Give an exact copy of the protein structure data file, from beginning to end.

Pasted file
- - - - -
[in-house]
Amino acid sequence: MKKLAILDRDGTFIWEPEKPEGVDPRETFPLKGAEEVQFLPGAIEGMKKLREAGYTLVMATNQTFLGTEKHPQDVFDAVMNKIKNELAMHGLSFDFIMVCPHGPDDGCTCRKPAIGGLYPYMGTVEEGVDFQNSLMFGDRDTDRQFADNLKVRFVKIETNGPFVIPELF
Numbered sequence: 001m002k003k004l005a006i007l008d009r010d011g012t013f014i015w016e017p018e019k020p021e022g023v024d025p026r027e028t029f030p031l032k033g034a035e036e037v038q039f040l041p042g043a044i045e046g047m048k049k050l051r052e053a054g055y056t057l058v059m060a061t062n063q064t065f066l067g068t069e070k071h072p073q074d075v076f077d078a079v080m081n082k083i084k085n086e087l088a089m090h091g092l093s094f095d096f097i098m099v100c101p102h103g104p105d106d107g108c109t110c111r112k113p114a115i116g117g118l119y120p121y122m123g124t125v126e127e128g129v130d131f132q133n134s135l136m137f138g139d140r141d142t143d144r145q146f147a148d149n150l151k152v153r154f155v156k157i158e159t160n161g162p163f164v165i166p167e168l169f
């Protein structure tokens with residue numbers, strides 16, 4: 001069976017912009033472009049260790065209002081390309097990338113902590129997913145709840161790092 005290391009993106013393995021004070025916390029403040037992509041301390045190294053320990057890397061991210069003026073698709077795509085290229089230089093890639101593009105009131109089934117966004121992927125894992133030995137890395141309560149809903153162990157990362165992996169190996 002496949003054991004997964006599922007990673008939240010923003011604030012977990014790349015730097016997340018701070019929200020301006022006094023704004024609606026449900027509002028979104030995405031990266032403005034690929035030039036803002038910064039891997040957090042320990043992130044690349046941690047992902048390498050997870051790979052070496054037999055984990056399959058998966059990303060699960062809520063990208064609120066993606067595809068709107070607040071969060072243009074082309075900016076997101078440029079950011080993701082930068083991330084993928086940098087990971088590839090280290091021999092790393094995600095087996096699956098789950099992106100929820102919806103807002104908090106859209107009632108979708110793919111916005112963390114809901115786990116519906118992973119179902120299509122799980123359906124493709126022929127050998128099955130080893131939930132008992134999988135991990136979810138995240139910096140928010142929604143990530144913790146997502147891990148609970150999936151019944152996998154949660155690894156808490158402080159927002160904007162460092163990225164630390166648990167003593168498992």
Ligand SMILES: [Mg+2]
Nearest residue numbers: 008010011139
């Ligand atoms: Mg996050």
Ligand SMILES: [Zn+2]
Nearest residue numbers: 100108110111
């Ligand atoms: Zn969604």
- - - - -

[in-house]
Amino acid sequence: MKKLAILDRDGTFIWEPEKPEGVDPRETFPLKGAEEVQFLPGAIEGMKKLREAGYTLVMATNQTFLGTEKHPQDVFDAVMNKIKNELAMHGLSFDFIMVCPHGPDDGCTCRKPAIGGLYPYMGTVEEGVDFQNSLMFGDRDTDRQFADNLKVRFVKIETNGPFVIPELF
Numbered sequence: 001m002k003k004l005a006i007l008d009r010d011g012t013f014i015w016e017p018e019k020p021e022g023v024d025p026r027e028t029f030p031l032k033g034a035e036e037v038q039f040l041p042g043a044i045e046g047m048k049k050l051r052e053a054g055y056t057l058v059m060a061t062n063q064t065f066l067g068t069e070k071h072p073q074d075v076f077d078a079v080m081n082k083i084k085n086e087l088a089m090h091g092l093s094f095d096f097i098m099v100c101p102h103g104p105d106d107g108c109t110c111r112k113p114a115i116g117g118l119y120p121y122m123g124t125v126e127e128g129v130d131f132q133n134s135l136m137f138g139d140r141d142t143d144r145q146f147a148d149n150l151k152v153r154f155v156k157i158e159t160n161g162p163f164v165i166p167e168l169f
């Protein structure tokens with residue numbers, strides 16, 4: 001069976017912009033472009049260790065209002081390309097990338113902590129997913145709840161790092 005290391009993106013393995021004070025916390029403040037992509041301390045190294053320990057890397061991210069003026073698709077795509085290229089230089093890639101593009105009131109089934117966004121992927125894992133030995137890395141309560149809903153162990157990362165992996169190996 002496949003054991004997964006599922007990673008939240010923003011604030012977990014790349015730097016997340018701070019929200020301006022006094023704004024609606026449900027509002028979104030995405031990266032403005034690929035030039036803002038910064039891997040957090042320990043992130044690349046941690047992902048390498050997870051790979052070496054037999055984990056399959058998966059990303060699960062809520063990208064609120066993606067595809068709107070607040071969060072243009074082309075900016076997101078440029079950011080993701082930068083991330084993928086940098087990971088590839090280290091021999092790393094995600095087996096699956098789950099992106100929820102919806103807002104908090106859209107009632108979708110793919111916005112963390114809901115786990116519906118992973119179902120299509122799980123359906124493709126022929127050998128099955130080893131939930132008992134999988135991990136979810138995240139910096140928010142929604143990530144913790146997502147891990148609970150999936151019944152996998154949660155690894156808490158402080159927002160904007162460092163990225164630390166648990167003593168498992």
Ligand SMILES: [Mg+2]
Nearest residue numbers: 008010011139
């Ligand atoms: Mg996050």
Ligand SMILES: [Zn+2]
Nearest residue numbers: 100108110111
């Ligand atoms: Zn969604």